John Marlow Rhys – a Tribute
John Marlow Rhys, who died aged 76 on 24 November 2011, was a much respected composer and teacher. Educated at Oxford University followed by a D Phil in composition from York University, his composing career spanned over forty years during which his compositions were widely performed and broadcast.
He was the winner of numerous awards and prizes including the Special Chandos Award for Composition for Precipitevolissimevolmente performed by Jane Manning at the Musica Nova festival in Glasgow in 1977; the Ian Whyte Award from the Scottish National Orchestra in 1985 for his chamber piece Capriccio which led to the commissioning by the orchestra of his symphonic piece Aquileia; the Hungarian Composers’ Union Millennium Prize in 2000 for Kinetika written for two pianos and two percussionists; and Primavera and La Luna Piena, a song cycle for High Soprano and orchestra to poems by E E Cummings chosen as one of four pieces from 400 submissions for the 2006 International Tansman Competition and given its première by Joanna Wos and the Lodz Philharmonic in 2006. Capriccio first performed by the Nash Ensemble at the Wigmore Hall in 1978 subsequently received numerous performances and broadcasts and is perhaps his best known work.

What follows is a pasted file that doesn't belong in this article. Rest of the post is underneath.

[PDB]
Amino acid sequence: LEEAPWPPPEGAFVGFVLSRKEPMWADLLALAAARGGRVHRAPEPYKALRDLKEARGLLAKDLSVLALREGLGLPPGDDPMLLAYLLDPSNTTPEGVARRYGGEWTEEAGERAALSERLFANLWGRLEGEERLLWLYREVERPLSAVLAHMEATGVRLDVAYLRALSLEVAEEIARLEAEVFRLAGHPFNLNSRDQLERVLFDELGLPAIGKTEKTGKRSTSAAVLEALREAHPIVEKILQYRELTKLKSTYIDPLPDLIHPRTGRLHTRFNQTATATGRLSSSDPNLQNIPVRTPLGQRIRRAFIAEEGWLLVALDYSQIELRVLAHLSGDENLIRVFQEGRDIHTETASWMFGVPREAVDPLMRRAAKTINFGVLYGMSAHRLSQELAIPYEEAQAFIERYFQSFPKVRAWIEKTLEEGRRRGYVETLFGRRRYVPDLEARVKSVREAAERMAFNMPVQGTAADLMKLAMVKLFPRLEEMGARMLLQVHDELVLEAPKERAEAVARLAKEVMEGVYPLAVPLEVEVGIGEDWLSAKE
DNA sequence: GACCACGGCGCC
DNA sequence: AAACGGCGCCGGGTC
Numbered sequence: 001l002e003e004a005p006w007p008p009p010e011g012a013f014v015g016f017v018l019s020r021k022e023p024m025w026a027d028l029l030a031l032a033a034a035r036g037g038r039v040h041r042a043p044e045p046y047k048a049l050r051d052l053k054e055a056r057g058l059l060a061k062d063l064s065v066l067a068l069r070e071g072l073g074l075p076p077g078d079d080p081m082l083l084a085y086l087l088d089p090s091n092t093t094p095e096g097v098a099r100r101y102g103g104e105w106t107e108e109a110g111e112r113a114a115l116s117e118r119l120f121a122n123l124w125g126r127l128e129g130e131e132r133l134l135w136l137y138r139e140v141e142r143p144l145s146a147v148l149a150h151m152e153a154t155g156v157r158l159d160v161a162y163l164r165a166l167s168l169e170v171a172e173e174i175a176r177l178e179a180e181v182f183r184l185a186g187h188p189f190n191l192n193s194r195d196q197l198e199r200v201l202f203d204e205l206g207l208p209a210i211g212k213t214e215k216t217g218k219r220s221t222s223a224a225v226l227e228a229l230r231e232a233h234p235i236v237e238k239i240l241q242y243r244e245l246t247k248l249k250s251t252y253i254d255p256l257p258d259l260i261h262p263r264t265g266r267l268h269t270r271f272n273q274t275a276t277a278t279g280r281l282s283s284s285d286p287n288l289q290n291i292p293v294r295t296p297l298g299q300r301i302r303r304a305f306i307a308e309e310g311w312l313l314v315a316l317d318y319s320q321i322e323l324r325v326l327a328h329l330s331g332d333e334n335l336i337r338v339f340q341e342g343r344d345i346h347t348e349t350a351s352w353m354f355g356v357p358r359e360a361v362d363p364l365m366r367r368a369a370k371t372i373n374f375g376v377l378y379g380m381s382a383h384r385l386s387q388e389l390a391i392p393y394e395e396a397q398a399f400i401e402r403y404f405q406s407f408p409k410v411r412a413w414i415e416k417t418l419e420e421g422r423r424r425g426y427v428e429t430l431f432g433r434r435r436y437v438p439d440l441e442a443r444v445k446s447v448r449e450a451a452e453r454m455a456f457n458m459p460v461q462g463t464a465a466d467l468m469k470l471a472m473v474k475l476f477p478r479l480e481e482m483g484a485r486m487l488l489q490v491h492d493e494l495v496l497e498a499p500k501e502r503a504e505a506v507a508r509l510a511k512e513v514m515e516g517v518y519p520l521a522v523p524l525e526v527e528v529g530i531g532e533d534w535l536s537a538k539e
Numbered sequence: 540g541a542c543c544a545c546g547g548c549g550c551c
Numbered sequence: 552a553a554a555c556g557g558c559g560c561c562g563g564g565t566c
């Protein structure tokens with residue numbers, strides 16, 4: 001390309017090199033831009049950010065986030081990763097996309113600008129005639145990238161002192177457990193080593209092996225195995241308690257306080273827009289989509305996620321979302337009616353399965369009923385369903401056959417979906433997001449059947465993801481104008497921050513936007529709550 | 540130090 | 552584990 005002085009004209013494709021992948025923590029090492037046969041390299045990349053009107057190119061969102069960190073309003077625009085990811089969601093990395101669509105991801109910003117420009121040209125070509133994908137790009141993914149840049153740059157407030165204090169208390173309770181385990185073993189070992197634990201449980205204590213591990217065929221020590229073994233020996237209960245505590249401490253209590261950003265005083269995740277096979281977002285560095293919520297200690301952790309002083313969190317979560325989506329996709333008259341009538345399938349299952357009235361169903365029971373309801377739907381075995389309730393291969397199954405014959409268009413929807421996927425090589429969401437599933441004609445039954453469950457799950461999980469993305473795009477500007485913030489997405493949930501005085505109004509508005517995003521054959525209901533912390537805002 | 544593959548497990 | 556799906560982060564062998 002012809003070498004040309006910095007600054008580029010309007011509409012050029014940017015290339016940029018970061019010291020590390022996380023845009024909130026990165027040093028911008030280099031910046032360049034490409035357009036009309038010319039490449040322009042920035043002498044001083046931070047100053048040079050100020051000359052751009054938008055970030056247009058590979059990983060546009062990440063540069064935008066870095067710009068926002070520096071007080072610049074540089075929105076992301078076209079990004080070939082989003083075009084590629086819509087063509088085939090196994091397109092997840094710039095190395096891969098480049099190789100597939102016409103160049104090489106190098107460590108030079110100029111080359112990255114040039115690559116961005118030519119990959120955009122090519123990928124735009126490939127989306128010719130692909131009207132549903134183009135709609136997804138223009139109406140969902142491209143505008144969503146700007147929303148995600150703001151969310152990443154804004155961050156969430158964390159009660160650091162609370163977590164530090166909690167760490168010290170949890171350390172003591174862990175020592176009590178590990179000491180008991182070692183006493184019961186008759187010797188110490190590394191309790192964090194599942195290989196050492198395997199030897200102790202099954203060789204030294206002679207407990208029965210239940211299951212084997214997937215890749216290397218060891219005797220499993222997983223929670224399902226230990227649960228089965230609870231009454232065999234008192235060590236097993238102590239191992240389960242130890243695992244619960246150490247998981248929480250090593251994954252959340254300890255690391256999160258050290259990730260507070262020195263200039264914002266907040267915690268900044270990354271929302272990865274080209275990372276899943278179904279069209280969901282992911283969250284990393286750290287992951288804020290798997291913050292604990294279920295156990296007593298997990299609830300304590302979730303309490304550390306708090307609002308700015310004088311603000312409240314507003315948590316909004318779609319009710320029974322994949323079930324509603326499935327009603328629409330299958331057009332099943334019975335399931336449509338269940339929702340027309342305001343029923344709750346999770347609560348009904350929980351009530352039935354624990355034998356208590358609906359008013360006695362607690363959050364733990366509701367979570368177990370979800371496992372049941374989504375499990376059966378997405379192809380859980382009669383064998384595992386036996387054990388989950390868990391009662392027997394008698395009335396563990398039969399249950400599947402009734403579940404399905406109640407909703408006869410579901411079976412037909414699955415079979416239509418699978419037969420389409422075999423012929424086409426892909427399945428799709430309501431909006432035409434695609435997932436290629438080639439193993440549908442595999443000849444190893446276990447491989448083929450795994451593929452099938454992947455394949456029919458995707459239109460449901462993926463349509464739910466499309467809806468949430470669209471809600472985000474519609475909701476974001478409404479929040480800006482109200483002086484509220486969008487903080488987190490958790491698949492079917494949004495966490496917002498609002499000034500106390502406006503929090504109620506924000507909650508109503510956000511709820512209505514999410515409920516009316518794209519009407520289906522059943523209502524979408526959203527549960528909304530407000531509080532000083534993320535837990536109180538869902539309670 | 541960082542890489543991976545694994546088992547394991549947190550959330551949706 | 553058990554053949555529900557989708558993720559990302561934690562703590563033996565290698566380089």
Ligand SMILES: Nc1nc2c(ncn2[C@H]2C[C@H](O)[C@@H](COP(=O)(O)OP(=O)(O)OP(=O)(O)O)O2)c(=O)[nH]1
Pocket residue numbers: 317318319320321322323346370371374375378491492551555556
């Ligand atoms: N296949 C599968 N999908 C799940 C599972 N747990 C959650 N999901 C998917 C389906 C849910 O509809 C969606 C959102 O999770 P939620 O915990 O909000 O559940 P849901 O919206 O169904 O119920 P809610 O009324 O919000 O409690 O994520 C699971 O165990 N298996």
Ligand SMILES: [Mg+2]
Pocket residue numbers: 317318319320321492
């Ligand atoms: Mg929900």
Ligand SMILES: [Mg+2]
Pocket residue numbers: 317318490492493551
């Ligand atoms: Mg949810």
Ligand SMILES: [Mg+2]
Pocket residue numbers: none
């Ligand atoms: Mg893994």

Stylistically, his music embraced a wide range of influences throughout his career and his output included works for many different combinations always inspired by the musical personalities of the performers. He was as skilled at writing music for seasoned professional performers, ensembles and orchestras as for schools and amateur orchestras, but he never compromised his artistic standards. Some of his pieces, if ultimately very rewarding, were undeniably challenging for less confident or experienced performers. During his career, he was a Head of Music at various colleges and a visiting lecturer at Brunel University and he always said that his experience as a teacher, arranger and conductor was a crucial part of his personal development as a composer.
Like all composers, he would have wished greater recognition and more opportunities but a glance at his list of works and who performed them shows that his music travelled widely. To those of us who knew him personally, he was always eager to discuss and comment on music he had heard, whether he had liked a piece or not, and he combined deeply serious musical integrity with a keen intellect and an encyclopaedic knowledge of compositional development. He was a formidable raconteur and many friends have wonderful memories of times with John and his wife Marianne where the combination of musical discussion and excellent food and drink left one enriched by the quality of the debate and the warmth of their welcome.
Richard Steele and Millan Sachania January 2011